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Engine Management Light after Service

Discussion in 'Z3 Roadster & Coupé' started by AquariusTony, Mar 25, 2020.

  1. AquariusTony

    AquariusTony Regular Member
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    Hi guys,

    The other day I changed the oil, oil filter and air filter on my new Z3. It REALLY needed it! I then took it for a spin. After about 45 mins into the drive, my engine management light appeared on the dash.

    I was wondering if you guys have had the same issue before, on one similar to mine?

    My steps were:
    • Removed the air filter casing and then changed the air filter with the new Bosch one - set it aside.
    • Removed the top of the oil filter casing and removed the old oil filter - set it aside.
    • Removed the oil drain plug and let the oil drain out into a bowl. The old oil was awful. - set the plug and washer aside.
    • Put the new plug on with the new Bosch washer.
    • Put the new Bosch oil filter in, also replacing the 3 O-Rings, and tightened the top back up.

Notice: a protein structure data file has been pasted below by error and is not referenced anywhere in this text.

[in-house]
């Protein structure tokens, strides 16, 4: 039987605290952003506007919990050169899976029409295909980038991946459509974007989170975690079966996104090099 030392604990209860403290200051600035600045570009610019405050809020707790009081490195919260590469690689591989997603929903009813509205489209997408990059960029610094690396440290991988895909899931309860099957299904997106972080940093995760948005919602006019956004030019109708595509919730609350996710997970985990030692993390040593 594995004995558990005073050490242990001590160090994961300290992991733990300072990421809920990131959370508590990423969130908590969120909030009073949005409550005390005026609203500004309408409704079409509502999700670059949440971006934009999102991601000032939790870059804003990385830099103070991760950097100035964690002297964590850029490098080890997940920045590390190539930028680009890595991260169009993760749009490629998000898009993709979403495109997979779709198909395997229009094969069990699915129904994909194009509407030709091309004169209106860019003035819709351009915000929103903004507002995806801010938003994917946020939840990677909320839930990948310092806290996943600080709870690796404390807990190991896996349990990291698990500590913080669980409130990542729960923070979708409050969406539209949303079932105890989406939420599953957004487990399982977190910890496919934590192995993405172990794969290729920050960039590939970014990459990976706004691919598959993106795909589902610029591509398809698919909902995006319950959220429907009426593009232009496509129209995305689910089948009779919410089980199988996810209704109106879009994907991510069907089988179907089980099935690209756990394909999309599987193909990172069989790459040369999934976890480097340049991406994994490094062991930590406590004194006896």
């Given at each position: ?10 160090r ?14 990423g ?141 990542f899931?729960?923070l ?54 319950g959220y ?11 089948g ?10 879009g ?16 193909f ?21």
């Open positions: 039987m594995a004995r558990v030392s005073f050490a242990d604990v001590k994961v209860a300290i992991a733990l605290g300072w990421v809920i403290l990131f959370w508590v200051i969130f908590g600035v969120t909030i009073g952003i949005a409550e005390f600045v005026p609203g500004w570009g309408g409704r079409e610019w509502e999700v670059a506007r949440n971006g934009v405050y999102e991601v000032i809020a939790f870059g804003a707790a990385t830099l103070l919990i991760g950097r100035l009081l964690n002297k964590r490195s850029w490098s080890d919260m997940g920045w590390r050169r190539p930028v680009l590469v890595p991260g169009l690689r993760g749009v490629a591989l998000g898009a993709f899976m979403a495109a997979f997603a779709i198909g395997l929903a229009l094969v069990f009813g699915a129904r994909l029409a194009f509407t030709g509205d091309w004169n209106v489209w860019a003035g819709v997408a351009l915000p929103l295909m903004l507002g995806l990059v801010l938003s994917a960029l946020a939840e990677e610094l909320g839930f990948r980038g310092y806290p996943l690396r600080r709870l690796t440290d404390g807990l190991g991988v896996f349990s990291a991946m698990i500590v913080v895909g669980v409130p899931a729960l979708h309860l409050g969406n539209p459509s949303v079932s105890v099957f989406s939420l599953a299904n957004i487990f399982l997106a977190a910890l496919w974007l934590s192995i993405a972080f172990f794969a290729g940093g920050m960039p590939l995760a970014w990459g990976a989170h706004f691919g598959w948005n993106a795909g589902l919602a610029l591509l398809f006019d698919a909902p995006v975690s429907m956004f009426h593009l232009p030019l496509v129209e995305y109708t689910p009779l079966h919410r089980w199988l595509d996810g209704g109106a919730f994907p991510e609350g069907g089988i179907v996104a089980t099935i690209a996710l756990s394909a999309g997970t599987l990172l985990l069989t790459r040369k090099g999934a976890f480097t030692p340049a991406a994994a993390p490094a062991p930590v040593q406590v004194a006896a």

• Filled the engine back up with Castrol oil.
    • Put the air filter casing back together and back in the car.
    • Let it sit level for a while, ran it, checked the dipstick (it was at the correct level),
    • Reset the Oil Service Inspection Dial on the dash.
    • Took it for a short trip, which was fine (no engine light).
    • Later in the day I took it for another spin and that's when the engine management light appeared.
    I plugged in an oldish OBD tool I had into the footwell port and it came up with:
    • P0136 - 02 Sensor Circuit (Bank 1 Sensor 2)
    • P0170 - Fuel Trim (Bank 1)
    I have tried to search for these and I'm not too sure on what they mean, I'm a bit of a novice! I'm not sure if it's a coincidence or not really...? :wideyed:

    I think I've included everything.

    Thanks in advance everyone!
    Tony.

    IMG_0638.jpg IMG_0643.jpg IMG_0644.jpg IMG_0660.jpg
     
  2. Sean d

    Sean d Zorg Guru (V)
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    Fuel trim could be an air leak on one of the rubber induction pipes, they are prone to splitting
     
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  3. AquariusTony

    AquariusTony Regular Member
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    I'll check that again. Could that be due to removing the air filter casing from the car and then putting it back together?
    Thank you!
     
  4. t-tony

    t-tony Zorg Expert (II)